Project Leader

Gabriela Ochoa

Gabriela Ochoa

Who I am

Growing up in Honduras has definitely shaped me professionally and personally. From a very young age I knew I wanted to be a biologist and among my all-time favourite things were our yearly trips to the north coast of Honduras. I remember waking everyone really early to go out and collect different shells and try to identify anything that had washed ashore. If it walked, swam, crawled or flew I wanted to know all about it and probably tried to catch it. It only became clear that I would focus entirely on marine species when I moved to Galveston, Texas, for my undergraduate degree. Life would later take me full circle back to Honduras, where I have been lucky enough to not only work in my home country, but share my passion for marine species, particularly sharks and rays.

Where I work

Honduras, where I work, is located at the heart of Central America. The name Honduras means ‘depths’ in Spanish, and although we are a small country, our marine territory is twice the size of our land size, so the name suits us well. We became a shark sanctuary in 2011 (unfortunately rays did not make the cut), but the declaration was passed with no previous baseline data on sharks, so it is difficult to gauge how effective it has been. In addition, fishing for sharks, although prohibited, continues in some areas of the country, largely unrestricted. In 2015 I began working for MarAlliance, focusing exclusively on elasmobranchs. Since then we have pioneered elasmobranch research in the country with the participation of artisanal fishers, partner NGOs, government and academia. I have had the opportunity to work on both the Pacific and Atlantic coasts of Honduras and recently have focused on the Miskito Cays of Honduras, where this project is based.

What I do

Through my job with MarAlliance I have had the opportunity to work with many artisanal fishers, not only when I’ve been interviewing them, but also when we’ve been collecting together valuable data on elasmobranchs. During our work in the Bay Islands (Utila, Roatan and Guanaja), the fishers liked to tell me about ‘faraway cays’ where indigenous fishers would actively target sharks. These cays were called the Miskito Cays, and the idea of seeing at first hand what was happening there became almost an obsession. In 2016 I finally had the opportunity to go to the Miskito Cays, invited by local artisanal fishers to conduct preliminary landings research. Once we embarked, it took three days of travel to reach the cays from Roatan, and the means of travel included overland buses, canoes, a cargo boat and pangas(speed boats). The Miskito Cays are very remote and it is difficult to find them on maps, let alone know their individual names. When we finally arrived, we discovered that this was an emerging artisanal fishery that used gill nets to target large sharks, particularly hammerheads. The magnitude of this fishery and the identity of species landed remain largely unknown.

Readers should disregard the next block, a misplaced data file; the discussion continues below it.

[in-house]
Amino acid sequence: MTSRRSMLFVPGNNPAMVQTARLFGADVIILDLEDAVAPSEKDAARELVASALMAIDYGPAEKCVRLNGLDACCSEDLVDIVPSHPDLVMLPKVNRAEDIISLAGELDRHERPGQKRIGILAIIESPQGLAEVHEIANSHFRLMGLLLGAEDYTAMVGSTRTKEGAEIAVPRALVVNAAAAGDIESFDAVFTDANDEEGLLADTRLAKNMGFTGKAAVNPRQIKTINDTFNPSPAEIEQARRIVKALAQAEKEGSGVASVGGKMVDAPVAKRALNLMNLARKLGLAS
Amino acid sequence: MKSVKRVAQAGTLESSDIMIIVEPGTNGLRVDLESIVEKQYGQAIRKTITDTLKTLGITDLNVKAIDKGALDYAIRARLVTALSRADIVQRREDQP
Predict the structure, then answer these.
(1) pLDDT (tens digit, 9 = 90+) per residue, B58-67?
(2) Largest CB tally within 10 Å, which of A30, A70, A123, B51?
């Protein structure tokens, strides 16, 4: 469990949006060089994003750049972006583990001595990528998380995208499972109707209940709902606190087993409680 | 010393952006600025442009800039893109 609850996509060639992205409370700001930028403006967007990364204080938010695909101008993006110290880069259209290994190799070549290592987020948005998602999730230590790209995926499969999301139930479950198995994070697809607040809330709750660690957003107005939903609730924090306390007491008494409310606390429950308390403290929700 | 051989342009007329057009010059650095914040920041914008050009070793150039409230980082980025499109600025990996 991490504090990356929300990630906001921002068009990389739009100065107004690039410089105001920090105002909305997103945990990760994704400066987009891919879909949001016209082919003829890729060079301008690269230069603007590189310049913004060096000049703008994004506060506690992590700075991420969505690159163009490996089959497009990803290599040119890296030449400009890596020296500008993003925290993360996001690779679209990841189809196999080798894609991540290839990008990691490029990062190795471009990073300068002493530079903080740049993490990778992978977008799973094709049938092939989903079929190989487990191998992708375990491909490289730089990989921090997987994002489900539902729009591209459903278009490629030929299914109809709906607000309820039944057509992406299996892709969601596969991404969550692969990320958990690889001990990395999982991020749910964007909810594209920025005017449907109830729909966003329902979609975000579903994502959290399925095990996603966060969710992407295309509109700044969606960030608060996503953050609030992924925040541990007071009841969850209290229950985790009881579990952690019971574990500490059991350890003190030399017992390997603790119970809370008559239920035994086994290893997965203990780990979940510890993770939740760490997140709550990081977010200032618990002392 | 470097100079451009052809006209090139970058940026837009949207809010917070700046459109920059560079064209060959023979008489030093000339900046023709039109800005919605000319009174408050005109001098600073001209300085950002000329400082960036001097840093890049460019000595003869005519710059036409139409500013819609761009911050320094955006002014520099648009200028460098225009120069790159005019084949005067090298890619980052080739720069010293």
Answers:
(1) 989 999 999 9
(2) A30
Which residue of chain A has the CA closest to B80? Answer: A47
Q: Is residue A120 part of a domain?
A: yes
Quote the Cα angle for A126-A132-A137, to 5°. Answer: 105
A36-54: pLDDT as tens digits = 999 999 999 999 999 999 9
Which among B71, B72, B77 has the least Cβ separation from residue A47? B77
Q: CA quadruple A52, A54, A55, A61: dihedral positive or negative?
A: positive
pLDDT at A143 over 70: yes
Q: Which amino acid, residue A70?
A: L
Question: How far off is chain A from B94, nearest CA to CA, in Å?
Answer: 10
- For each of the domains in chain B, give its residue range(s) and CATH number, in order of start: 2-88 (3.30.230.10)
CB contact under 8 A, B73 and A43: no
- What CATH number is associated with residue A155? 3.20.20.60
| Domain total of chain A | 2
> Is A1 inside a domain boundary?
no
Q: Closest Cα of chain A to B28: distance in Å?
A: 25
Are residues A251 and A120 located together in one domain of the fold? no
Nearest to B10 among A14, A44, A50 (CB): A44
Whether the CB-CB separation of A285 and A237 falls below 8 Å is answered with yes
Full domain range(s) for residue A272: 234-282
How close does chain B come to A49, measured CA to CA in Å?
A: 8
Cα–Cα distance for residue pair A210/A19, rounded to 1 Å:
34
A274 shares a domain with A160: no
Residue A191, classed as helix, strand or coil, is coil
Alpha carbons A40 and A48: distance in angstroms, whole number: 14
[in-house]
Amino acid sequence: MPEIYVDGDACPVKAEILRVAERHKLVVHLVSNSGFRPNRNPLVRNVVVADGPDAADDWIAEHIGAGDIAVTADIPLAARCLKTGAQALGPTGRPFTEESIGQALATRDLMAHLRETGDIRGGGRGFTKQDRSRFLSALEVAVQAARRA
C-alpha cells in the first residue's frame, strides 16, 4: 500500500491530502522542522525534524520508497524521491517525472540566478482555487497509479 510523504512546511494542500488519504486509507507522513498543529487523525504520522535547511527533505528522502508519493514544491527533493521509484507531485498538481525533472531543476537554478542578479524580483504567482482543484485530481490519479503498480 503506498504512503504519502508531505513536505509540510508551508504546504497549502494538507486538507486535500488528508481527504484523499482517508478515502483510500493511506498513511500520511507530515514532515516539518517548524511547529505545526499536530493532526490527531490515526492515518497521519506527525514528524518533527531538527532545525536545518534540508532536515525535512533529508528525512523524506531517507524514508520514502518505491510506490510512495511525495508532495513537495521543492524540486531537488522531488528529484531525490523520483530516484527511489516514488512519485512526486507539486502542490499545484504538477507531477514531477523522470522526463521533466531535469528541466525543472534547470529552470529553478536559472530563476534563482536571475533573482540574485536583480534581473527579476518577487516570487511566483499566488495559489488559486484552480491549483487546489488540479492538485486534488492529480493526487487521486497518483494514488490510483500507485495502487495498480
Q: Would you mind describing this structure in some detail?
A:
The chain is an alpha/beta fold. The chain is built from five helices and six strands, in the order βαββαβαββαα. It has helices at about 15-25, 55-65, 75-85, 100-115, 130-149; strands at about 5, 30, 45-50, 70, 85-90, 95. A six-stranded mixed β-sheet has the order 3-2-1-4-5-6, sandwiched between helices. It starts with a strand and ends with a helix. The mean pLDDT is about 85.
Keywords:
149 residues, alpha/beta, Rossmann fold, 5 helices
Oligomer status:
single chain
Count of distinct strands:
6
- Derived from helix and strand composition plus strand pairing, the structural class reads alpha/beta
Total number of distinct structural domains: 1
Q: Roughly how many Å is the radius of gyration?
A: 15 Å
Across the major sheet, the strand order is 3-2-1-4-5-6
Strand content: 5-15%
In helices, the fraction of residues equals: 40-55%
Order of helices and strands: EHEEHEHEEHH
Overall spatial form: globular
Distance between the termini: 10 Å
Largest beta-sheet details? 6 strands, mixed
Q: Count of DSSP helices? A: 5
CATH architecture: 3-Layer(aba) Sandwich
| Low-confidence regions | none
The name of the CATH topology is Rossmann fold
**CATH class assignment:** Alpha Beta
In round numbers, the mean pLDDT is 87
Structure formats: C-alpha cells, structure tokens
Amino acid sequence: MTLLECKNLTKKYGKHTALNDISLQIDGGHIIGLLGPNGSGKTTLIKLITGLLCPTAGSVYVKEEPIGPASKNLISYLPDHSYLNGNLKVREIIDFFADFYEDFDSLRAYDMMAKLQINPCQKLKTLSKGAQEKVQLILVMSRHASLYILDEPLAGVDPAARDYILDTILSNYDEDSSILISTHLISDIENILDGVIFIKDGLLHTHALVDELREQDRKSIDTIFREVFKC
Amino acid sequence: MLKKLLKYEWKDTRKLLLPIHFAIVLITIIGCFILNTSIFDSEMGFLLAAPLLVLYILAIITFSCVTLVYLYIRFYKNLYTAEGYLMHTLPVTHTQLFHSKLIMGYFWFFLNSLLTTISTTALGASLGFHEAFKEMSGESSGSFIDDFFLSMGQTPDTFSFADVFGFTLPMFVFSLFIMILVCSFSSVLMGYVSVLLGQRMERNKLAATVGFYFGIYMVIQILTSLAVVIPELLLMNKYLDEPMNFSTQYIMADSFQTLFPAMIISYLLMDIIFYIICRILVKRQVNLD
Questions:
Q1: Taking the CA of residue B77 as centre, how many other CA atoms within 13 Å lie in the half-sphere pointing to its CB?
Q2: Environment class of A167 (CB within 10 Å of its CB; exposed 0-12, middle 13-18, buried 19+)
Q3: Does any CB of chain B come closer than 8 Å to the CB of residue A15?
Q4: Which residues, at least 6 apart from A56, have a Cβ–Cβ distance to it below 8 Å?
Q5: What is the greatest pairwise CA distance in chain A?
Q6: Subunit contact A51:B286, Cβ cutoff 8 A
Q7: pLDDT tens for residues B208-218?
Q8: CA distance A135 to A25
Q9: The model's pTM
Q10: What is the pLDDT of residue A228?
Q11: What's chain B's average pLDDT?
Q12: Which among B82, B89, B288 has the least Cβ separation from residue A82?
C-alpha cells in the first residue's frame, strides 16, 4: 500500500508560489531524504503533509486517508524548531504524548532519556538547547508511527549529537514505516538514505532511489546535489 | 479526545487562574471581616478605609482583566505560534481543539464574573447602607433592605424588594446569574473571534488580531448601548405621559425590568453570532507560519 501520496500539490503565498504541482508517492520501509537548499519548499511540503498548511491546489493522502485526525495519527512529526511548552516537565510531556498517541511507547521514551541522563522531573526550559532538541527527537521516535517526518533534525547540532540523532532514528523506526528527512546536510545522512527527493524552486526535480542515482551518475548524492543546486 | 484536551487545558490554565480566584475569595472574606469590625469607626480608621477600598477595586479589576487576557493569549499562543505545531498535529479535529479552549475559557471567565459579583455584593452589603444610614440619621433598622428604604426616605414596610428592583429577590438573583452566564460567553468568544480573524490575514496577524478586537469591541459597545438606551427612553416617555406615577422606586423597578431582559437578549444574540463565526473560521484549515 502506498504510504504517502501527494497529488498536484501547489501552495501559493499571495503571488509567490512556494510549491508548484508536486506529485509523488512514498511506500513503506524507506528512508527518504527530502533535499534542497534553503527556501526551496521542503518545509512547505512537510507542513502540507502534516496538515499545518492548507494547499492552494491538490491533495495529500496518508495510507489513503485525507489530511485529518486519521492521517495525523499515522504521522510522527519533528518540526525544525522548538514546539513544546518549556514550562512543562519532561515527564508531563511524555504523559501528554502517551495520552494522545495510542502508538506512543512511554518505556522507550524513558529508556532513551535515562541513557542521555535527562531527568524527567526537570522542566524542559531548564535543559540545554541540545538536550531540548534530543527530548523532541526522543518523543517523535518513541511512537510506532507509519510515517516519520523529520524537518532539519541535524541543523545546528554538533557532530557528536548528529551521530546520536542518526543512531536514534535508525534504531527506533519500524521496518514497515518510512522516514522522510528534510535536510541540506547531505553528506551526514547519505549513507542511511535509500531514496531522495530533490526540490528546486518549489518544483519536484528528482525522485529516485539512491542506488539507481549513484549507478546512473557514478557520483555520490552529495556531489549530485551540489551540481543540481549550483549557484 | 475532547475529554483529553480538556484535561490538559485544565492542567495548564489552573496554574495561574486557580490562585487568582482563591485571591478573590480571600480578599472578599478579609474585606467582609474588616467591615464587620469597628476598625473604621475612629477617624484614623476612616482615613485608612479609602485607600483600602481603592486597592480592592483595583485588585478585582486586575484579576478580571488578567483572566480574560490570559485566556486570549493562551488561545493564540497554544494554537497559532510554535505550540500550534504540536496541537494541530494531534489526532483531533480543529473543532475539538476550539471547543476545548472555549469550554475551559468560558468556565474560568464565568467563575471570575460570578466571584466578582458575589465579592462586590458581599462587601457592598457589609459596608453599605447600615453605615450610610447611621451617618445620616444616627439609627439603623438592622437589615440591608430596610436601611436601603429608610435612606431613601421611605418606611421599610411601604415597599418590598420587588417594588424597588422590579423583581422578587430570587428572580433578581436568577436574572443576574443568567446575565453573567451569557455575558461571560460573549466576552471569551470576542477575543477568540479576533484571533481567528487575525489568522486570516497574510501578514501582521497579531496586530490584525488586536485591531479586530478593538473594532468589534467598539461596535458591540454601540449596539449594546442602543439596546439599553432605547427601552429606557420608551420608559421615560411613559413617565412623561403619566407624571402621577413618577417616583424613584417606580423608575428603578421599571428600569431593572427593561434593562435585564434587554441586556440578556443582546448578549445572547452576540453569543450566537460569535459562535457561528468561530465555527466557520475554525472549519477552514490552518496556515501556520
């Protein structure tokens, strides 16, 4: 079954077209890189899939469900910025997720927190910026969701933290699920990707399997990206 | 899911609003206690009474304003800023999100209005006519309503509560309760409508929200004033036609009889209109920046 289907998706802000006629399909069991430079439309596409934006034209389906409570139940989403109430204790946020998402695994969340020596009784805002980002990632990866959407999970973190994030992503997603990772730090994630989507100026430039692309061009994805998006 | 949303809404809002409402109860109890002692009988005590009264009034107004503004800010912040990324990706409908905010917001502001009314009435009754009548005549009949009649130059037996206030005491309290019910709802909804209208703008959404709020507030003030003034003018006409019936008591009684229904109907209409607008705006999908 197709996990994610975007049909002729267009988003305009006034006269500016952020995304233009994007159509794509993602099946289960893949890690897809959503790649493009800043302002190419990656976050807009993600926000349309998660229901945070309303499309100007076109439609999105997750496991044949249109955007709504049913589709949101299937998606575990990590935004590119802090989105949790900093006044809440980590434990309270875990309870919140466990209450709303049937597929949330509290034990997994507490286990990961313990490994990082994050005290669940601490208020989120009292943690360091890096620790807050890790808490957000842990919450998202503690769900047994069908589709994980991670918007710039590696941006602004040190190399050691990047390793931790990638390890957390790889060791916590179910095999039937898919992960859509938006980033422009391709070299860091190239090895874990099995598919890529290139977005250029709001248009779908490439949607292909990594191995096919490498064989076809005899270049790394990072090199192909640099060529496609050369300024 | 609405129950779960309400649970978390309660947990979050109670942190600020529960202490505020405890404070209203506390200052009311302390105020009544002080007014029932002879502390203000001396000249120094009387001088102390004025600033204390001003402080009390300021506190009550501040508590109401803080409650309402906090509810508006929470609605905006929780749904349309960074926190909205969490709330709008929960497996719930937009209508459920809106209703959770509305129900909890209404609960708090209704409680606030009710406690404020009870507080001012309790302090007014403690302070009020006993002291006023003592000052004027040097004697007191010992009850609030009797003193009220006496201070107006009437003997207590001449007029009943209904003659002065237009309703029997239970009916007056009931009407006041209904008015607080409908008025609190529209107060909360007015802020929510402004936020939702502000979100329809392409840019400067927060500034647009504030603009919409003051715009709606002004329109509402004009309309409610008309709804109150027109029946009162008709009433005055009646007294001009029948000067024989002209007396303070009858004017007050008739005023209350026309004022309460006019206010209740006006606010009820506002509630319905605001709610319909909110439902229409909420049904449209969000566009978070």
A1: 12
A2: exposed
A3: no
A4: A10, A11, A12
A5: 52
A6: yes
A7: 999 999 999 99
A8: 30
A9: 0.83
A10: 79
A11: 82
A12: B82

This project will focus on collecting valuable data about the artisanal shark fishery in the Miskito Cays of Honduras with help from the local and indigenous artisanal fishers. We will use traditional ecological knowledge to better understand the fishery and the motivations of the fishers themselves, and our surveys will be complemented by the opportunistic collection of landings data. In addition, we will capture, tag and release sharks to provide a fisheries-independent baseline for this area that can be compared with similar surveys throughout the region and will help us monitor changes in the abundance and diversity of the local shark species over time.

My project

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